What is the place of circumcision in fight against HIV/AIDS in South Sudan?

Health & HIV/AIDS
Typography

With evidence that circumcision can reduce HIV risks for men engaged in vaginal sex by up to 60%, the drive for voluntary medical male circumcision (VMMC) in adult men has taken on a new urgency. New ethical challenges are arising, beyond voluntarism and informed consent.

With evidence that circumcision can reduce HIV risks for men engaged in vaginal sex by up to 60%, the drive for voluntary medical male circumcision (VMMC) in adult men has taken on a new urgency. New ethical challenges are arising, beyond voluntarism and informed consent.

 

How do we respect the principle of beneficence, ensuring procedures and programmes are good, not just for the person, but for society as a whole? This question was raised by Pierre Brouard, director of the Centre for the Study of AIDS at the University of Pretoria in South Africa.

 

To him, circumcision is more than surgery – it is a personal, social and political marker.

 

Media reports unpack meanings and impact of medical male circumcision campaigns in Africa.

 

Circumcision is more than just a biomedical procedure – it is a personal, social and political marker. It connotes difference or similarity. It can signify belonging to a particular religion, ethnicity, cultural group or power bloc in a country or region.

History is full of examples of circumcision being used as a tool of inclusion, exclusion and even marking for killing in times of conflict. Have we anticipated the impact of changes in identity that circumcision can signify?

 

Current VMMC drives have failed to adequately engage with masculinity, tradition and traditional circumcision, possibly blurring intentions and outcomes.

 

Take the case of Swaziland, not traditionally a circumcising country. It had set ambitious targets for VMMC for HIV prevention but, by 2011, the country had only met about 12% of its target.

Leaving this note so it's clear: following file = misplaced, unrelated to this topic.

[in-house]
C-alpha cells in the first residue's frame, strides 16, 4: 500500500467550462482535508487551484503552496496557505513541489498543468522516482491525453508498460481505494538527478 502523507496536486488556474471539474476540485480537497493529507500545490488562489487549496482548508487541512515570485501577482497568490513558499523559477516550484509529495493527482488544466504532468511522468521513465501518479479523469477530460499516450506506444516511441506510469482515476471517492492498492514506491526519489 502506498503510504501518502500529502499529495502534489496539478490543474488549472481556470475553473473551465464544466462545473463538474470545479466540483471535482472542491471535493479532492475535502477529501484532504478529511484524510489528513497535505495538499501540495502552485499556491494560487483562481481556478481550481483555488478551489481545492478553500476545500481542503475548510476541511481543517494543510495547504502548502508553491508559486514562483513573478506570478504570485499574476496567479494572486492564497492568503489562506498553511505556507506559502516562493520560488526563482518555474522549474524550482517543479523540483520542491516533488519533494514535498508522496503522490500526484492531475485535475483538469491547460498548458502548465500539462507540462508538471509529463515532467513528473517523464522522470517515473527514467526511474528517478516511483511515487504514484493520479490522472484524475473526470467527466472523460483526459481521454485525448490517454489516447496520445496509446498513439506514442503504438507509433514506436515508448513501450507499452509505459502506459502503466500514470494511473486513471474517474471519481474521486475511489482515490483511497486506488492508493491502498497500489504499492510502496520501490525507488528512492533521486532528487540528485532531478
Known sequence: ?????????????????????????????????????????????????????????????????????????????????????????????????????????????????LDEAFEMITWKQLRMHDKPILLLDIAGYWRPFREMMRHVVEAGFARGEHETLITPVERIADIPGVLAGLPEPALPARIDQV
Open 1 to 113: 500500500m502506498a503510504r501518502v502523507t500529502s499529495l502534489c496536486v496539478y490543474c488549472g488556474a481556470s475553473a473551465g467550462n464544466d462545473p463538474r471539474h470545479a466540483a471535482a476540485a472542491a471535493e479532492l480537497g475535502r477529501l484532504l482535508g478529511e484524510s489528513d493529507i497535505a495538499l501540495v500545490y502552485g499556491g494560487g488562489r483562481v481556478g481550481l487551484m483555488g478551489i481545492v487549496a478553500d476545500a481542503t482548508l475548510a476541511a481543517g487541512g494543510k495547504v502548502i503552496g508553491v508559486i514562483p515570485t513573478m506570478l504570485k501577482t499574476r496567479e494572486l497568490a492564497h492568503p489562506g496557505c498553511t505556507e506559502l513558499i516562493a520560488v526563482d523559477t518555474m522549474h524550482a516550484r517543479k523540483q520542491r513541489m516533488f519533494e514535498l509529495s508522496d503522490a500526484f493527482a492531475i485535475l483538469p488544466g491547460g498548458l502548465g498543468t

Research showed that the reason behind is that men feared reduced sexual pleasure and possible adverse effects, like wounds and swelling, and said the procedure threatened their notions of manhood.

 

Where manhood was defined as someone who has a wife and children and therefore is “sexually functional”, medical circumcision introduced a threat to this.

 

In South Sudan, circumcision of both sexes is traditionally done. In the knowledge of traditionalists, this circumcision has nothing to do with HIV. It has just been known to few educated men and women that this circumcision will reduce HIV risks.

 

In South Africa, traditional circumcision (with its rituals, messages and meanings) is regarded as a non-negotiable rite of passage into acceptable masculinity for some groups, perhaps precisely because there is some risk. Mutilation, amputation and death do occur.

 

Here, VMMC has been met with some suspicion, a reluctance to accept a clinic circumcision as an acceptable test of manhood, among concerns that “culture” is being diluted.

 

Given that a clinic circumcision would maximize the HIV benefits of the cutting, because sufficient foreskin is removed, VMMC campaigns have to manage this tension between a desirable health outcome (medical circumcision) and an acceptable social identity (traditional circumcision).

 

Despite the fact male circumcision could reduce HIV infection, investigative report on Juba sex workers this year revealed that men who are circumcised refuse to use a condom, believing they have sufficient HIV protection from circumcision. Some women have reported more difficult condom negotiations.

 

On a large scale, VMMC could thus impact on gender relations, especially in contexts where gender violence and rigid masculinities dominate.

 

Illiteracy and lack of awareness or knowledge about HIV/AIDS are major challenges civil society, activists and media, including NGOs concerned with health, should address.

 

As we celebrating World Aids Day, there is need to launch civic education on medical male circumcision in South Sudan.

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